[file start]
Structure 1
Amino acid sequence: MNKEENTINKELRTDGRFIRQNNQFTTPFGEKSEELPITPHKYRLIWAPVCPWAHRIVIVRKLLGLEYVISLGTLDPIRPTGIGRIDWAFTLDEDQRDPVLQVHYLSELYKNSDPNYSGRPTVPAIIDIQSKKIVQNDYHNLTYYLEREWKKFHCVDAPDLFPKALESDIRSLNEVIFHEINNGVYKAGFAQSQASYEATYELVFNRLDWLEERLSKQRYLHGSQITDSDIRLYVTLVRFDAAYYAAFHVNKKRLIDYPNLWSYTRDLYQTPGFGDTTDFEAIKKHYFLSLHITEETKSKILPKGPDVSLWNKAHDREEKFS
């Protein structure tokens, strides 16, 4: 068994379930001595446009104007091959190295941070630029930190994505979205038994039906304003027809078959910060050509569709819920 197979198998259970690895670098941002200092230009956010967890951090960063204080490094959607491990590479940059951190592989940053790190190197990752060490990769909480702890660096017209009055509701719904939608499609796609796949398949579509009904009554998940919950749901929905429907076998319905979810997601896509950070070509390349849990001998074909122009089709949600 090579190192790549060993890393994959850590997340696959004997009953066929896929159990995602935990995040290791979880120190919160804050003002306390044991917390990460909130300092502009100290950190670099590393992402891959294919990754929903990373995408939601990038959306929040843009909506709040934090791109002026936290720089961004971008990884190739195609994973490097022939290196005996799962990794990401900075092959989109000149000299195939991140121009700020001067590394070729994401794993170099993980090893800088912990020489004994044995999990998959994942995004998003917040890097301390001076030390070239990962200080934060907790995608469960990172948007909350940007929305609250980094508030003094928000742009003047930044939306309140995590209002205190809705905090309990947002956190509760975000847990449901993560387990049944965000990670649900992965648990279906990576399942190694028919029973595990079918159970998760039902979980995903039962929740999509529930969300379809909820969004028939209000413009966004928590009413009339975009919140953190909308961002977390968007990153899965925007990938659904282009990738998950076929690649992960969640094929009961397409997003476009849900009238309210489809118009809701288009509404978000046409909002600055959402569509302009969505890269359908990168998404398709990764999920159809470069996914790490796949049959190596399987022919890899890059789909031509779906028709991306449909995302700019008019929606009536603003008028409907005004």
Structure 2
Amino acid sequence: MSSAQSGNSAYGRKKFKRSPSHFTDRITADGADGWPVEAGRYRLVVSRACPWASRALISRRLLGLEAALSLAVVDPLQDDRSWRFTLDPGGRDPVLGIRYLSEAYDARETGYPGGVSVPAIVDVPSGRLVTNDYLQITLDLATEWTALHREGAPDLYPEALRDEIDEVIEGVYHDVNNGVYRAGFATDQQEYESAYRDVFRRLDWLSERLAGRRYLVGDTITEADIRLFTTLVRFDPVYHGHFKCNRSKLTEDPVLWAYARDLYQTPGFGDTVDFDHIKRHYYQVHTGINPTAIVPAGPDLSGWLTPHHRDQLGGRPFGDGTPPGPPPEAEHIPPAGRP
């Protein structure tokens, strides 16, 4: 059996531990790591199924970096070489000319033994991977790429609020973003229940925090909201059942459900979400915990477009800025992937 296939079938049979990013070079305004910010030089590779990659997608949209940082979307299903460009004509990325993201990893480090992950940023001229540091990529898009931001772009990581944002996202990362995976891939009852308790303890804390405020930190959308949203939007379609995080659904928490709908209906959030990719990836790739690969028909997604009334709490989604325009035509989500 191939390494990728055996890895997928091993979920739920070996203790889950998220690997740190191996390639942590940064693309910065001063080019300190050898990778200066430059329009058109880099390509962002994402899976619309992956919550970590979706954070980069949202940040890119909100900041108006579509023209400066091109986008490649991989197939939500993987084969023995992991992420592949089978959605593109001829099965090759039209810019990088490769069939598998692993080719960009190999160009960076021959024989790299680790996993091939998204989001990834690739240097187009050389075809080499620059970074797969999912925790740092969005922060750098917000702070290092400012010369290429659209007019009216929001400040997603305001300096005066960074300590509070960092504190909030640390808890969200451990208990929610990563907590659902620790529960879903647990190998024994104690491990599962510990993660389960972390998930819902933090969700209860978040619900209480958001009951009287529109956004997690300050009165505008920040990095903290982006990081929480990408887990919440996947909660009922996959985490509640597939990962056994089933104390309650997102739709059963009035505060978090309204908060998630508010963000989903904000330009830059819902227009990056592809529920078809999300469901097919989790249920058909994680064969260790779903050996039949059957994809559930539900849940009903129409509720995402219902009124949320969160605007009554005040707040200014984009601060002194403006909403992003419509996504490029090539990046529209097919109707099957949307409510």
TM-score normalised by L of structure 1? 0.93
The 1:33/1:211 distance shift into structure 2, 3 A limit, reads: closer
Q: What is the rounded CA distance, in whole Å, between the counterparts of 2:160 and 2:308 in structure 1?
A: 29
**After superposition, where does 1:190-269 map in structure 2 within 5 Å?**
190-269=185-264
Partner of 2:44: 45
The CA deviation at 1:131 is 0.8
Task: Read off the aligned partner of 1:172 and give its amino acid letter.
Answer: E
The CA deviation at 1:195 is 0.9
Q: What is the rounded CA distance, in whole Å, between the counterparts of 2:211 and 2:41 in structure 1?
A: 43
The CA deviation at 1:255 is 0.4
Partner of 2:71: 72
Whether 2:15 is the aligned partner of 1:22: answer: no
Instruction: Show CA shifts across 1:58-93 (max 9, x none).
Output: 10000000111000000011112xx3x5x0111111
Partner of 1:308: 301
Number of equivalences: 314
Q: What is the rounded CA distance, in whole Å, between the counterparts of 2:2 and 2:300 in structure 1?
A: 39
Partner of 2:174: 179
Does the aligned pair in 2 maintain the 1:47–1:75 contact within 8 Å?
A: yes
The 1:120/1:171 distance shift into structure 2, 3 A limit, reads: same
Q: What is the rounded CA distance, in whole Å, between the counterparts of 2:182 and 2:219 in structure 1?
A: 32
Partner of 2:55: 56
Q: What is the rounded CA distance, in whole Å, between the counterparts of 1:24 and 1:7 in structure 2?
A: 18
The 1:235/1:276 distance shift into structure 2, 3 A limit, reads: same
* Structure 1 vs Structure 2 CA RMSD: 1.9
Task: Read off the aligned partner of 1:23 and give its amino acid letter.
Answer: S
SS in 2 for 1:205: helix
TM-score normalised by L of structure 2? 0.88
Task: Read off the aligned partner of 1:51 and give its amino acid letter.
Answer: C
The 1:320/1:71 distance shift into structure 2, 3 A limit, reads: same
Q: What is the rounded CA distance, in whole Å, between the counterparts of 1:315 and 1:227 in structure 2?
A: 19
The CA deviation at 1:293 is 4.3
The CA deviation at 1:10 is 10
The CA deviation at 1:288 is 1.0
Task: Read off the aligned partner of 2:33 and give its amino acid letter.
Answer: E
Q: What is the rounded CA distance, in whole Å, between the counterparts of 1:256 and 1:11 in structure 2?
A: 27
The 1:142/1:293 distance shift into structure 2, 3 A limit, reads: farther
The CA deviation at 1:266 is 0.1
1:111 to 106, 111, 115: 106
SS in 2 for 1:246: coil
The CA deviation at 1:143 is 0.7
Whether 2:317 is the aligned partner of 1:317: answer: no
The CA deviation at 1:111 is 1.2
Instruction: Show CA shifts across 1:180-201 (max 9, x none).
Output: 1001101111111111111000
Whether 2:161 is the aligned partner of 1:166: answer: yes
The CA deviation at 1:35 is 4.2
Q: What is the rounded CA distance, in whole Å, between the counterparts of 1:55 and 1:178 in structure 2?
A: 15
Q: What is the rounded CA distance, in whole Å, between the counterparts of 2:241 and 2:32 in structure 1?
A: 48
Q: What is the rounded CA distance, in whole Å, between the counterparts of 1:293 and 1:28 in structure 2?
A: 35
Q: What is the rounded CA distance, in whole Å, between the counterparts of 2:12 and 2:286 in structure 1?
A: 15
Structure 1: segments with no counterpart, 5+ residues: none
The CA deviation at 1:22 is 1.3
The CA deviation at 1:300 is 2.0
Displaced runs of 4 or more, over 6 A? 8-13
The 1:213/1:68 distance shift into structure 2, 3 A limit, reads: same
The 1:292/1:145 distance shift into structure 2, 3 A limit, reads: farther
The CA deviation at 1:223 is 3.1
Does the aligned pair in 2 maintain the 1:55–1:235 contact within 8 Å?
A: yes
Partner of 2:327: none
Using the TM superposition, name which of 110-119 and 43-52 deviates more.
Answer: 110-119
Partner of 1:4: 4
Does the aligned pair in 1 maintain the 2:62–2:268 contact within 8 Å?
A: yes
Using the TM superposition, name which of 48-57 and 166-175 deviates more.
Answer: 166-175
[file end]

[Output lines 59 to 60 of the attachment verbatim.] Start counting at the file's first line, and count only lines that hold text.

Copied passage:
SS in 2 for 1:246: coil
The CA deviation at 1:143 is 0.7